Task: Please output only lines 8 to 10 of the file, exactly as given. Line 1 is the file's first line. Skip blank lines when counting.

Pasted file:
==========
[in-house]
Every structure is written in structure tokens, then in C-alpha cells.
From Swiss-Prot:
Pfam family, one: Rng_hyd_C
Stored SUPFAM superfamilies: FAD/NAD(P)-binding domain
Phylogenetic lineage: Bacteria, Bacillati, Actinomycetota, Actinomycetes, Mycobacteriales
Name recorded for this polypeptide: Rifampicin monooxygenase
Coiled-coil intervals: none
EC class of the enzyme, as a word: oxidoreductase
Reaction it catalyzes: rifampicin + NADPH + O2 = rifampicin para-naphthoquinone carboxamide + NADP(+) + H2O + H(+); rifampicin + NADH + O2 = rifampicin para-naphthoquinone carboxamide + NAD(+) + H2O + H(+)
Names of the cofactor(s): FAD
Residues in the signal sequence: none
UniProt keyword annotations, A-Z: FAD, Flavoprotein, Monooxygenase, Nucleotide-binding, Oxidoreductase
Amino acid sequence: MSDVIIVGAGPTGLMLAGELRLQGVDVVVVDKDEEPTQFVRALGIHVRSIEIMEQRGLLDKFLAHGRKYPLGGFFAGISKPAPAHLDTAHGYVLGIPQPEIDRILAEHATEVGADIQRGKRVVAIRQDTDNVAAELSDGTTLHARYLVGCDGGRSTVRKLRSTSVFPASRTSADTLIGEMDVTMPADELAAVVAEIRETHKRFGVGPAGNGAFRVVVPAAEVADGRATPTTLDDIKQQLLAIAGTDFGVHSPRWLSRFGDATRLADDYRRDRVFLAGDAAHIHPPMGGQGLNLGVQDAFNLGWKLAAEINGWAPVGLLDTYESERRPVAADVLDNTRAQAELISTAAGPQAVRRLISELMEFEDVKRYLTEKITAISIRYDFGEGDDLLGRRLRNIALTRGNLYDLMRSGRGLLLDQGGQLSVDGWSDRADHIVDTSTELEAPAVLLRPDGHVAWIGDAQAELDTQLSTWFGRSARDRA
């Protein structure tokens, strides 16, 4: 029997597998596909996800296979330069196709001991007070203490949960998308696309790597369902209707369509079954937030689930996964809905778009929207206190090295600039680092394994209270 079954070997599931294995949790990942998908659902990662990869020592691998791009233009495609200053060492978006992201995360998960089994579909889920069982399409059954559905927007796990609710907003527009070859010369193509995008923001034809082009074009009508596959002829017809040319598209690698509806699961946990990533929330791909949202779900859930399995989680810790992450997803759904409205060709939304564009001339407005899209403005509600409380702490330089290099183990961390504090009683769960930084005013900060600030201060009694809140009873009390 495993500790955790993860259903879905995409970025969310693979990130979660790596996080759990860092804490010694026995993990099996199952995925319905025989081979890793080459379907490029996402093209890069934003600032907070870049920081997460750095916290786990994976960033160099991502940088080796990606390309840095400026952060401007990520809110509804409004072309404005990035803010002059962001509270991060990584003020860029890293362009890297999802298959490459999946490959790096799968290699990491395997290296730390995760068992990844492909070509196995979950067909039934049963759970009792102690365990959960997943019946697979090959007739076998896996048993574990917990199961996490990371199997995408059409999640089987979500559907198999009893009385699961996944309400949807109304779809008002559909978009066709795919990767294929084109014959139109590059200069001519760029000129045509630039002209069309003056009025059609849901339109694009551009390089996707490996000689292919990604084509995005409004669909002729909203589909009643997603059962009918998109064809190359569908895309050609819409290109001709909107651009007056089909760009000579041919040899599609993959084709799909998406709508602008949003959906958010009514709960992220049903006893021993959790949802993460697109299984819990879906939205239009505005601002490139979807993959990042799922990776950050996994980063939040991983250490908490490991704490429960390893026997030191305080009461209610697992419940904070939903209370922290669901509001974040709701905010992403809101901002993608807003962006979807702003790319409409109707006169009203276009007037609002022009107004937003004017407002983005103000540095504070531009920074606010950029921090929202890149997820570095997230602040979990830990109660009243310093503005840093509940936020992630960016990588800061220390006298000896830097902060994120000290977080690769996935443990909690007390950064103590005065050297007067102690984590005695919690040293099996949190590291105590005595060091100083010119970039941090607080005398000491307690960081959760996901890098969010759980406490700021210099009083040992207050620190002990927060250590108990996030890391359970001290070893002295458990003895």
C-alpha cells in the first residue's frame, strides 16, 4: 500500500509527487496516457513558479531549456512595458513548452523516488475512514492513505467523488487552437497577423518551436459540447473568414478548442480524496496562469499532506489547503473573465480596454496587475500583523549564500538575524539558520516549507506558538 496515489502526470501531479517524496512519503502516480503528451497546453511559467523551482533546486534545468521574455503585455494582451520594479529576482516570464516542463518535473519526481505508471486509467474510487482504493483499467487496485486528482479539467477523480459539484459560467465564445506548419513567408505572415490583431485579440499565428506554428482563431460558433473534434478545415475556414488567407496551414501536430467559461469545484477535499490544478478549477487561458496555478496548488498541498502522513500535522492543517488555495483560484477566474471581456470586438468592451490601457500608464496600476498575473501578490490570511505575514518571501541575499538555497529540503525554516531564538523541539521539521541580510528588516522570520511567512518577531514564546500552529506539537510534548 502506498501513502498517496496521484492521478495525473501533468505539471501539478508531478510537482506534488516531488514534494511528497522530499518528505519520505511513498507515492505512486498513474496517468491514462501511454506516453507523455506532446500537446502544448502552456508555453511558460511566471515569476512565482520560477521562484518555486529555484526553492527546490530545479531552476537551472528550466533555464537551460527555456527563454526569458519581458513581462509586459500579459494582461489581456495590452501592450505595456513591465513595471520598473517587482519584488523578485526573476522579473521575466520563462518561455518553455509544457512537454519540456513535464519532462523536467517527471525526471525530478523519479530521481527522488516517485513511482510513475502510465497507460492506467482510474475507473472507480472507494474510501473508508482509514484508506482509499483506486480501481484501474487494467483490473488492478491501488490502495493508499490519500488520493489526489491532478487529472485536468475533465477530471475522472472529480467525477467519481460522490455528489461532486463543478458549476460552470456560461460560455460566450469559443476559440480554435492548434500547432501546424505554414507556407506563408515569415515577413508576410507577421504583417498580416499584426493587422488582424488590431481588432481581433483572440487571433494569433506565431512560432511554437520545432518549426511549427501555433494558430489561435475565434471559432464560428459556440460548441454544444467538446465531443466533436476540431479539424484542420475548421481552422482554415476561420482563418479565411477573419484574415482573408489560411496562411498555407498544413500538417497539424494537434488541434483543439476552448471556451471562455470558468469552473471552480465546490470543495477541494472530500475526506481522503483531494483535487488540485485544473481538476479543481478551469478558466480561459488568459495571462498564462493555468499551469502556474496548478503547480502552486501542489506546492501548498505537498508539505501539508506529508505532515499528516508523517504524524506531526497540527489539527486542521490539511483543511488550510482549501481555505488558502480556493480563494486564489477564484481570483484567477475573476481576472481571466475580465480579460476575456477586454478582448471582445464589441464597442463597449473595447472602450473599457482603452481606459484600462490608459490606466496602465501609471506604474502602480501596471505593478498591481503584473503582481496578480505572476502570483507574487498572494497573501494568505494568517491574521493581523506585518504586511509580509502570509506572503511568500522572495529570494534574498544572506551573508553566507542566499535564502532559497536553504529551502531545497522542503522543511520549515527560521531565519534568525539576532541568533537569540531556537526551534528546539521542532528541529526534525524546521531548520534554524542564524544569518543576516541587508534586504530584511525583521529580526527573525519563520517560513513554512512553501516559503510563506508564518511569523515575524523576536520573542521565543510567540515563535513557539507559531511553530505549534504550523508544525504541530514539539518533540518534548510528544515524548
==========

Coiled-coil intervals: none
EC class of the enzyme, as a word: oxidoreductase
Reaction it catalyzes: rifampicin + NADPH + O2 = rifampicin para-naphthoquinone carboxamide + NADP(+) + H2O + H(+); rifampicin + NADH + O2 = rifampicin para-naphthoquinone carboxamide + NAD(+) + H2O + H(+)